Mennen, Ineke and Okalidou, Areti (2006) Acquisition of Greek phonology: an overview. QMU Speech Science Research Centre Working Papers (WP-11). (Unpublished)
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Modern Greek (henceforth Greek) is the descendent of Ancient Greek. It is spoken by most inhabitants of Greece (approximately 11 million speakers) and is the official language of Greece. The linguistic situation in Greece has been characterized by diglossia from the middle of the 19th century until 1976. The two varieties of Greek diglossia are called Katharevousa and Dhimotiki. Katharevousa was created during the early 19th century and was the midpoint between Ancient and Modern Greek. It had many archaized forms of modern words and an archaic grammar. Dhimotiki was the variety spoken by Greeks in their daily lives and it became the official language in 1976 when Katharevousa was officially abolished. However, remnants of Katharevousa have remained in the Greek language, particularly in its written form.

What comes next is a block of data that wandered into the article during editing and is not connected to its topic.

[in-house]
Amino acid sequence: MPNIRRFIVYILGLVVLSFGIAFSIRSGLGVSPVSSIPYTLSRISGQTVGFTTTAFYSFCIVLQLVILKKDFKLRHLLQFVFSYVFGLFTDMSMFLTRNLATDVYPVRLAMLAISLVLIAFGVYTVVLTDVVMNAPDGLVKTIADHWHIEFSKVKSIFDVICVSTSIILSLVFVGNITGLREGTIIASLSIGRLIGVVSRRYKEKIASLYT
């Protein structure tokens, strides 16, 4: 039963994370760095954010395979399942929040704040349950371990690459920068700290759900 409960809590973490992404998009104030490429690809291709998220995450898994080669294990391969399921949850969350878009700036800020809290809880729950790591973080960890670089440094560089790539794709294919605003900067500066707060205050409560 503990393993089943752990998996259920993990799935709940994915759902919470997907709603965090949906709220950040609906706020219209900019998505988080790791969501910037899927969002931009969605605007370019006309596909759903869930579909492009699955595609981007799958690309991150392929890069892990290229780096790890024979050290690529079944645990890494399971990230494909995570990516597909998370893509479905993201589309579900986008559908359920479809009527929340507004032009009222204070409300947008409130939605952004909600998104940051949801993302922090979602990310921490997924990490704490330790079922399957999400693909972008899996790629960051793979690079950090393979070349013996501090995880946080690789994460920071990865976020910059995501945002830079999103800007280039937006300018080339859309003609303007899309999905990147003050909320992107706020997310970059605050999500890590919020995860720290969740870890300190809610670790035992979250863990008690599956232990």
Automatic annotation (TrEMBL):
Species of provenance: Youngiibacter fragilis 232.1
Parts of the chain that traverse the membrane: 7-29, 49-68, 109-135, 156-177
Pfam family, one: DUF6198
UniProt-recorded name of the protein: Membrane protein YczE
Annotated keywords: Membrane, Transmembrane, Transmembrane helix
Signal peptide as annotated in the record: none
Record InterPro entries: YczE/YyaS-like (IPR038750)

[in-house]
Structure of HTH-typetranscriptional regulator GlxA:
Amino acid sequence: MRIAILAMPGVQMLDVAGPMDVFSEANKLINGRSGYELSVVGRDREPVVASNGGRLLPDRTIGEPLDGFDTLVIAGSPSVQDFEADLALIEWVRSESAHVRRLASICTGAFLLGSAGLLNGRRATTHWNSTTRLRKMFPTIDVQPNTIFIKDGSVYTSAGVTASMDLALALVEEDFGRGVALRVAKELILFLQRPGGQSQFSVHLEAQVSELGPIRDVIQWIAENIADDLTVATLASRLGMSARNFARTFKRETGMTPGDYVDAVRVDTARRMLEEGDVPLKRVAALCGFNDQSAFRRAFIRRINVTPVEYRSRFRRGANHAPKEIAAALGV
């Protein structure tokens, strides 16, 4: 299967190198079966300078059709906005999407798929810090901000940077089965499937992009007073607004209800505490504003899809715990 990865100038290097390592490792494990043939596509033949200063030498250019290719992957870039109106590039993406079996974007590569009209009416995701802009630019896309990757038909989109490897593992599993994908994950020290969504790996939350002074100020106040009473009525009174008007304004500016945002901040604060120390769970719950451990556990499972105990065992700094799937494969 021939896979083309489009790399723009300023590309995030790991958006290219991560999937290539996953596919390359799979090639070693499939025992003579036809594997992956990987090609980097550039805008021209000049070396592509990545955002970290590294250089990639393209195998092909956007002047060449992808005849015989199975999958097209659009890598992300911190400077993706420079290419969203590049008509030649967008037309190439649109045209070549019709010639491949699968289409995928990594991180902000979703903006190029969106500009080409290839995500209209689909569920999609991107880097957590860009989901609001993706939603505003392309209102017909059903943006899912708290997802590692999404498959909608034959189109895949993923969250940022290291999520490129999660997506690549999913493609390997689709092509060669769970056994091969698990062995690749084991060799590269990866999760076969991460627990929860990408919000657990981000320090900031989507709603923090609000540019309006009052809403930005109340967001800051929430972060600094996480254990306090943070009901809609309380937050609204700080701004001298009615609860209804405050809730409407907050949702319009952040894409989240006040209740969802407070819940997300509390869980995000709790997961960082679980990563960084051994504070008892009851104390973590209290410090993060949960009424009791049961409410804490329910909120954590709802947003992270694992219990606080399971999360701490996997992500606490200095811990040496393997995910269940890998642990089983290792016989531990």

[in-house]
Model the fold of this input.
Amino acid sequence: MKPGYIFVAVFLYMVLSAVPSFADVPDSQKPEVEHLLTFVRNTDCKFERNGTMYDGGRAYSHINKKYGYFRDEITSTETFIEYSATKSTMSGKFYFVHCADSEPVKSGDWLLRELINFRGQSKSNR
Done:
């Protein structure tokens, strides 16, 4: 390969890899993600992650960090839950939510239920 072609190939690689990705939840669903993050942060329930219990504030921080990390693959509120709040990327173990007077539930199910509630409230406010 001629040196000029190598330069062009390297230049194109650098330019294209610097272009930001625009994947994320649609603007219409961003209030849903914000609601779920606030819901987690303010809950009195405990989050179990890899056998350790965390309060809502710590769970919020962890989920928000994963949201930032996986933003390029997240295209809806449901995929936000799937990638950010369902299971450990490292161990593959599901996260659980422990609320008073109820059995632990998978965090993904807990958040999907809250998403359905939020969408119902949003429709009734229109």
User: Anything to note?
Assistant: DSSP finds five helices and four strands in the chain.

|Additional Information:||This series consists of unpublished “working” papers. They are not final versions and may be superseded by publication in journal or book form, which should be cited in preference. All rights remain with the author(s) at this stage, and circulation of a work in progress in this series does not prejudice its later publication. Comments to authors are welcome. This is a draft of a chapter that appears in Sharynne McLeod (Ed.) The International Guide to Speech Acquisition Thomson Delmar Publishing (ISBN 1-4180-5360-0) published in 2007. The International Guide to Speech Acquisition, Part II. Delmar Thomson, 398-411. Greek speech acquisition.|
|Deposited On:||15 Jan 2009 17:55|
|Last Modified:||05 Nov 2012 14:22|
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